Hopefully, people find something relatable, whether it’s Kamala herself, her older brother or someone in her school or community. I think that all our characters are so universal… I just got so much representation filming the show watching Nakia [who plays Kamala’s friend on the show,] pronouncing Eid Mubarak with the most flawless accent–it made my day.”

Do you feel an overwhelming expectation to represent all Muslim-desi women? How are you mentally preparing for that?

“I do not feel any pressure, I know I should but honestly I think the work is going to speak for itself. I don’t think I have to go out of my way and be the face of Muslims and South Asians everywhere. I can’t do that. 

When people see someone like me, in a setting this grand, I hope they’re inspired and realize there is space for them in this industry and know they’re allowed to take up space and have a voice. Kamala is definitely going to do that. And I just hope it has the same impact on other people as the comics did on me.”

How did you navigate the transition from being a “regular” MCU teenage superfan in high school to working with one of the biggest studios in the world?

“I did not. I’m still constantly fangirling over everything! Just Avenger Khan [an episode], for example, was one of the last things we shot in Atlanta. They did not let me see that set up until the day we shot it because they’re like, ‘whatever your reaction is going to be in real life is what we want for Kamala, so we’re just gonna, hide it from you.’ I’m constantly gushing over everything I’m seeing and enamored by Marvel itself–the sheer scale of these productions is insane! I’m just so lucky that I get to be the nerd to kind of represent the other nerds.”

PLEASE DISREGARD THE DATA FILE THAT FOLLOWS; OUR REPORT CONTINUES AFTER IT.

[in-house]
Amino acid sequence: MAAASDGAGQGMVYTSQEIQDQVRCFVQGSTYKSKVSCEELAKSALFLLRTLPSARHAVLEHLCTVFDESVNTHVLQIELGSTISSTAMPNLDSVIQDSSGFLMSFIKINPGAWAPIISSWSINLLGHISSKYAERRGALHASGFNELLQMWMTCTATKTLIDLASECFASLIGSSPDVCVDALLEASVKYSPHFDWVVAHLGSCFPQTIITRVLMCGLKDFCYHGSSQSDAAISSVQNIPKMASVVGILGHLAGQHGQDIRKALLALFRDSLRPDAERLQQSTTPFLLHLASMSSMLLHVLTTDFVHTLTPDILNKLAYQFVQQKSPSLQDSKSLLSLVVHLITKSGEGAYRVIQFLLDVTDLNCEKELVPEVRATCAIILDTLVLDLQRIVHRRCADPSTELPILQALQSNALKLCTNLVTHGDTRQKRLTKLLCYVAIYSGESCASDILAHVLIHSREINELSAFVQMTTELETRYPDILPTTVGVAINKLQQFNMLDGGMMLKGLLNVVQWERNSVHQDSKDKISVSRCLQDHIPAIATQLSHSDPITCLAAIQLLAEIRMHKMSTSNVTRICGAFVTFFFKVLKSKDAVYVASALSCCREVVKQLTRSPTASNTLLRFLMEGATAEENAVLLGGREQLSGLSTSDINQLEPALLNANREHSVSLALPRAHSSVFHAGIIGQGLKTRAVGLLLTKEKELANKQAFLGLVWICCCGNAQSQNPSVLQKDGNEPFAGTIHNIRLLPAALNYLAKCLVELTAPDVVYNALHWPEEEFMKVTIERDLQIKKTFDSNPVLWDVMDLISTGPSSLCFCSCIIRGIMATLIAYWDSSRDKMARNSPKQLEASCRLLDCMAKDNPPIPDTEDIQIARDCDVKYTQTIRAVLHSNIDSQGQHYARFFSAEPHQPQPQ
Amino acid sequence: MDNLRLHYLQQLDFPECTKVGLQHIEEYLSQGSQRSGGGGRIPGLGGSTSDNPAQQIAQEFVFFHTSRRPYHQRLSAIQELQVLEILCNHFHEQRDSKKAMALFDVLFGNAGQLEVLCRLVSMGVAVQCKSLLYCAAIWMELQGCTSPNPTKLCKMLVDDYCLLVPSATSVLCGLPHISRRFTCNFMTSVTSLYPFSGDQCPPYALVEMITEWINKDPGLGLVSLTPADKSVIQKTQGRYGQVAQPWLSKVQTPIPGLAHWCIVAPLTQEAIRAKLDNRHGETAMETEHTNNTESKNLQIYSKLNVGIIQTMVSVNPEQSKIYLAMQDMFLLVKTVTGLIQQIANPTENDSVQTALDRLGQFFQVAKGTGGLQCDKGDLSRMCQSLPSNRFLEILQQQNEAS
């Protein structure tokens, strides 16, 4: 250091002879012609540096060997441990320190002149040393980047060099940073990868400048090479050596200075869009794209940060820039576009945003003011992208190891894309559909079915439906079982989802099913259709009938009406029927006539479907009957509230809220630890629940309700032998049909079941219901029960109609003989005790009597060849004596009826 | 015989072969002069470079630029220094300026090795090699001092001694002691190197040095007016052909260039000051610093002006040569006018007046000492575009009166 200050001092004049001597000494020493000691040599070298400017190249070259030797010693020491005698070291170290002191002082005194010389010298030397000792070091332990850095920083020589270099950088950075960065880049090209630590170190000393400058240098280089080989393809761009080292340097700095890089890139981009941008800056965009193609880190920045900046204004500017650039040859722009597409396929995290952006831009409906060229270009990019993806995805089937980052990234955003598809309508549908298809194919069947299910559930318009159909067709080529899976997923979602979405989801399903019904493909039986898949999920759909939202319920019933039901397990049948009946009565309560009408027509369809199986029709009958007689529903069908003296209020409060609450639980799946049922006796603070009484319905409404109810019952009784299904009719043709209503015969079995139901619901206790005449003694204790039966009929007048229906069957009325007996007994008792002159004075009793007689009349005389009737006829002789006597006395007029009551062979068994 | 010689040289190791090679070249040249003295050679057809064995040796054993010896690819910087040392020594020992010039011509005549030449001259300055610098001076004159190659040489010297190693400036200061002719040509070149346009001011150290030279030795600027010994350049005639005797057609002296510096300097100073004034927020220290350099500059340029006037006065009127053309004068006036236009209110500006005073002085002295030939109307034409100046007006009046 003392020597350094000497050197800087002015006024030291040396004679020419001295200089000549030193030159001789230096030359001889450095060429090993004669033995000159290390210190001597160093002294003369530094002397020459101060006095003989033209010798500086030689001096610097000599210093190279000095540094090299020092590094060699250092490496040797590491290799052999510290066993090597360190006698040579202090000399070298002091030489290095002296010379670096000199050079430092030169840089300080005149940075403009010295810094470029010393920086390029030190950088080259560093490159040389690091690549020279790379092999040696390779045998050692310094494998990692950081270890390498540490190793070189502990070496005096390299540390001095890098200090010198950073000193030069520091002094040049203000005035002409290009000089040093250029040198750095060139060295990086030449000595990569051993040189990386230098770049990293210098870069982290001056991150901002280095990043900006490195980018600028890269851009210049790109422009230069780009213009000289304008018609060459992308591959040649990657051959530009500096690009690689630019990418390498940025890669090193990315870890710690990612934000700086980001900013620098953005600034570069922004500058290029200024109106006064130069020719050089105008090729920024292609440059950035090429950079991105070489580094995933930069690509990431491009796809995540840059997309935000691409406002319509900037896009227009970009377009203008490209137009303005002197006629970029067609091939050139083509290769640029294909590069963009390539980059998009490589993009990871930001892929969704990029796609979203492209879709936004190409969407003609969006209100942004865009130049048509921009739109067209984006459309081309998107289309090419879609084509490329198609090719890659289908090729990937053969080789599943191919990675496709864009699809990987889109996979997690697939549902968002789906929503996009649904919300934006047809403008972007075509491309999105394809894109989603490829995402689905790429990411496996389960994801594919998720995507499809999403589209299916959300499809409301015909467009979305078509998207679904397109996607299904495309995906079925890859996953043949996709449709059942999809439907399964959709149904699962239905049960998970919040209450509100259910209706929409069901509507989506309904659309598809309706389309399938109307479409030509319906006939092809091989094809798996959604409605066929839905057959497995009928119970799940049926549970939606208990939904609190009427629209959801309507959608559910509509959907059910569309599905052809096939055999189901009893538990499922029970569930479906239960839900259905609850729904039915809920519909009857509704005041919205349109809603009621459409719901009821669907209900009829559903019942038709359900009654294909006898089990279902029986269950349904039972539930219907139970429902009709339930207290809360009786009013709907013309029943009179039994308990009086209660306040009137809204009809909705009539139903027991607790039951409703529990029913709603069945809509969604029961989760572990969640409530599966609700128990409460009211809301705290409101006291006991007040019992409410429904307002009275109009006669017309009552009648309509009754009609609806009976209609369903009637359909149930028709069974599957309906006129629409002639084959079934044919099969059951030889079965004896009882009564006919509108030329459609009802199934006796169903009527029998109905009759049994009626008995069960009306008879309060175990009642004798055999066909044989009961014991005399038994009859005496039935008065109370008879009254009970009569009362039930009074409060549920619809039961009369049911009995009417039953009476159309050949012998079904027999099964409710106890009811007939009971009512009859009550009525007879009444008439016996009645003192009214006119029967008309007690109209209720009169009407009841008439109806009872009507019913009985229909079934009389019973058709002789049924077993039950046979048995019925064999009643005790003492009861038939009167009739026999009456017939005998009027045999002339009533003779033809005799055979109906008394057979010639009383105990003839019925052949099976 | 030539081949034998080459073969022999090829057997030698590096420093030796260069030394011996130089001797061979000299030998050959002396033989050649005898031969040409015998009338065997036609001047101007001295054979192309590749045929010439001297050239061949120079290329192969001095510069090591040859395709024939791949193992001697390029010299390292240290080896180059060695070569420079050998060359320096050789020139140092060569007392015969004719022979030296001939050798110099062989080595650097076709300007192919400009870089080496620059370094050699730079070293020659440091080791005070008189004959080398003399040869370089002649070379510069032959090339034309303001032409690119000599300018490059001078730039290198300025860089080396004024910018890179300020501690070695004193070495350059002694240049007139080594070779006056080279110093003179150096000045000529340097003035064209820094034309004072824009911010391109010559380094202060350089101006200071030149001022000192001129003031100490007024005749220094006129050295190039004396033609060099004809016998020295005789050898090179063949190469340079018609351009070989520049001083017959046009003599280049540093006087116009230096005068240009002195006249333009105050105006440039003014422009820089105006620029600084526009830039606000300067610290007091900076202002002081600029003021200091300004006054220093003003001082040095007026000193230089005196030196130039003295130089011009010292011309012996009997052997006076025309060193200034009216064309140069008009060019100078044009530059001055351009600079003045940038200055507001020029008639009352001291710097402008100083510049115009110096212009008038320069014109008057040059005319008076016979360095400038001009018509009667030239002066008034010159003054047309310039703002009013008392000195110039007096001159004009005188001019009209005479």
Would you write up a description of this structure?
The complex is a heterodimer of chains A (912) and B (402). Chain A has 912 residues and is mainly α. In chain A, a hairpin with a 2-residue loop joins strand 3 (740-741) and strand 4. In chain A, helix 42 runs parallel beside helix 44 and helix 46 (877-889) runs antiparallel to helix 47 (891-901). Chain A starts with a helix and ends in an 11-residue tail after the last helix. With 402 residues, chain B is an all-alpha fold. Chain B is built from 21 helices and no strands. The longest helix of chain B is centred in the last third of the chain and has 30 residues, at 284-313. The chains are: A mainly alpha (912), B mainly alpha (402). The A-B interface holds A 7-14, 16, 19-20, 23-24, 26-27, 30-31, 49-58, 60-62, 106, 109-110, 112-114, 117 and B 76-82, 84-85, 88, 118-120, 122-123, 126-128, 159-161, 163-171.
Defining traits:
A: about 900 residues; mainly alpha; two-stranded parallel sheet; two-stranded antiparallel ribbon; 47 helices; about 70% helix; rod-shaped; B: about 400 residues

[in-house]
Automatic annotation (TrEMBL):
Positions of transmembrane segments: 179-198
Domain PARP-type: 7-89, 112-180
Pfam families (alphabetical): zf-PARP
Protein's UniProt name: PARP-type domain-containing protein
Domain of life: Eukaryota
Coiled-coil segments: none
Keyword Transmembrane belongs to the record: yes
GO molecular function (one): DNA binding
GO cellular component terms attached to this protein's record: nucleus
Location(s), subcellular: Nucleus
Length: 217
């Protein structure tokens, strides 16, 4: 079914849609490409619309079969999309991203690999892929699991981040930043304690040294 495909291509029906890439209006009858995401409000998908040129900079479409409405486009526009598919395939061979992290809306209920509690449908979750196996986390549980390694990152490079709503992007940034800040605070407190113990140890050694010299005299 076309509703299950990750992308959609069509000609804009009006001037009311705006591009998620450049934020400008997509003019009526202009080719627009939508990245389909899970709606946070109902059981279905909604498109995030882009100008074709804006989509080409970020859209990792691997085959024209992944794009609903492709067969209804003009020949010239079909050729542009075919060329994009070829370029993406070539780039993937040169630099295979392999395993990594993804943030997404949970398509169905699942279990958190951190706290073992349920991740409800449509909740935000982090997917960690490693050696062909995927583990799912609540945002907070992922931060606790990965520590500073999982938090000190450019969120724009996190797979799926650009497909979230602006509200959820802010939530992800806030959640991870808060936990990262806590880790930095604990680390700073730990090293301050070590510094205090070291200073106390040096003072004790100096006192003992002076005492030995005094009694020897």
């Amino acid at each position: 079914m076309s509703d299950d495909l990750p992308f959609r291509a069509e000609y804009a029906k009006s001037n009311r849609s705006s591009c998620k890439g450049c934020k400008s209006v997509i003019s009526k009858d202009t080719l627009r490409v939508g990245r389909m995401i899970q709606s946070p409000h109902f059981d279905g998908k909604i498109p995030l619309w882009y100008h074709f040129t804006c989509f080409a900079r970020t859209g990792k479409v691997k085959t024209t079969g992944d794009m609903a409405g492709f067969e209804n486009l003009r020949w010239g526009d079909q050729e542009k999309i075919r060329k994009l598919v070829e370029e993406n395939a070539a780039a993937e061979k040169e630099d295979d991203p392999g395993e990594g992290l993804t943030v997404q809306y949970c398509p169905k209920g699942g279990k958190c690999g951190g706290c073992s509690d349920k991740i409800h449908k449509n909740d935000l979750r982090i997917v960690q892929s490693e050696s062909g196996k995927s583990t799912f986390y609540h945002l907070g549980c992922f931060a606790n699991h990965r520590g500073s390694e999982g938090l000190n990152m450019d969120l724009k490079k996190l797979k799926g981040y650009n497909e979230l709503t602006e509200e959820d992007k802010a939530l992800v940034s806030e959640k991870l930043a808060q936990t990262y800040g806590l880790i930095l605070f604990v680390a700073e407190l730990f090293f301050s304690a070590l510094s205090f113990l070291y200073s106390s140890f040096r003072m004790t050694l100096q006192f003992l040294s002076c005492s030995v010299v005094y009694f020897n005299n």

Nia DaCosta is the first Black woman hired as a director for the MCU and The Marvels film would likely break the record for the biggest-budgeted film directed by a Black woman. What are your thoughts on this as a woman of color?

“I think Nia DaCosta is my favorite person on the planet. She’s such an actors’ director too, she really cares and takes the time to check on you. Just knowing her as a person and then seeing the way she works was so inspiring for me, because I didn’t know what I wanted to do when I was in high school. I just wanted to try everything and right now I’m getting the greatest crash course on film. I’ve worked with four different directors on ‘Ms. Marvel’ and Nia DaCosta on The Marvels, so that’s five. I’m just absorbing as much knowledge as I can. I am so happy for Nia! I think she deserves everything that’s coming her way. And I’m excited to talk about The Marvels but I can’t say anything. It’ll come soon.”

How did your identity impact your upbringing? Do you see those experiences reflected in Kamala Khan’s story?